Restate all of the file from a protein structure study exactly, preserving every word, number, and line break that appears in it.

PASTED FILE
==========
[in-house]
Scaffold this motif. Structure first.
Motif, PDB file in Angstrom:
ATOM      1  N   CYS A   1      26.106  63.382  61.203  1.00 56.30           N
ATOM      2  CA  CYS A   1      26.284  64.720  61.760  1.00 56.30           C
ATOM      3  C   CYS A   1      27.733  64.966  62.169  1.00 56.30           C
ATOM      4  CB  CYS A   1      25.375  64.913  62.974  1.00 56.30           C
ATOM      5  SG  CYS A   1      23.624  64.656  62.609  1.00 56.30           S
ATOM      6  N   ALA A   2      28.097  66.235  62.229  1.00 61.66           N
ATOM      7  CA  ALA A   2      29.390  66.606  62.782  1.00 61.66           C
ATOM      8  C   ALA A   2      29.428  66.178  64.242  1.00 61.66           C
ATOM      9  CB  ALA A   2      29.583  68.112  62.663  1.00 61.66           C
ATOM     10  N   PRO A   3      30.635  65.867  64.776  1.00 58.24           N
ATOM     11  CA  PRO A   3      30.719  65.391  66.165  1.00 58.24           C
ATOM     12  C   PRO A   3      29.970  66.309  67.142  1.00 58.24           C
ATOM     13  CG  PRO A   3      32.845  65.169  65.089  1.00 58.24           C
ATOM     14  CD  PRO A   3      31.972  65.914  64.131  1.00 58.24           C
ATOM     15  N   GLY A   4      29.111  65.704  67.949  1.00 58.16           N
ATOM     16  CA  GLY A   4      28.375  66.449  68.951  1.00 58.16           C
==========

[in-house]
Scaffold this motif. Structure first.
Motif, PDB file in Angstrom:
ATOM      1  N   CYS A   1      26.106  63.382  61.203  1.00 56.30           N
ATOM      2  CA  CYS A   1      26.284  64.720  61.760  1.00 56.30           C
ATOM      3  C   CYS A   1      27.733  64.966  62.169  1.00 56.30           C
ATOM      4  CB  CYS A   1      25.375  64.913  62.974  1.00 56.30           C
ATOM      5  SG  CYS A   1      23.624  64.656  62.609  1.00 56.30           S
ATOM      6  N   ALA A   2      28.097  66.235  62.229  1.00 61.66           N
ATOM      7  CA  ALA A   2      29.390  66.606  62.782  1.00 61.66           C
ATOM      8  C   ALA A   2      29.428  66.178  64.242  1.00 61.66           C
ATOM      9  CB  ALA A   2      29.583  68.112  62.663  1.00 61.66           C
ATOM     10  N   PRO A   3      30.635  65.867  64.776  1.00 58.24           N
ATOM     11  CA  PRO A   3      30.719  65.391  66.165  1.00 58.24           C
ATOM     12  C   PRO A   3      29.970  66.309  67.142  1.00 58.24           C
ATOM     13  CG  PRO A   3      32.845  65.169  65.089  1.00 58.24           C
ATOM     14  CD  PRO A   3      31.972  65.914  64.131  1.00 58.24           C
ATOM     15  N   GLY A   4      29.111  65.704  67.949  1.00 58.16           N
ATOM     16  CA  GLY A   4      28.375  66.449  68.951  1.00 58.16           C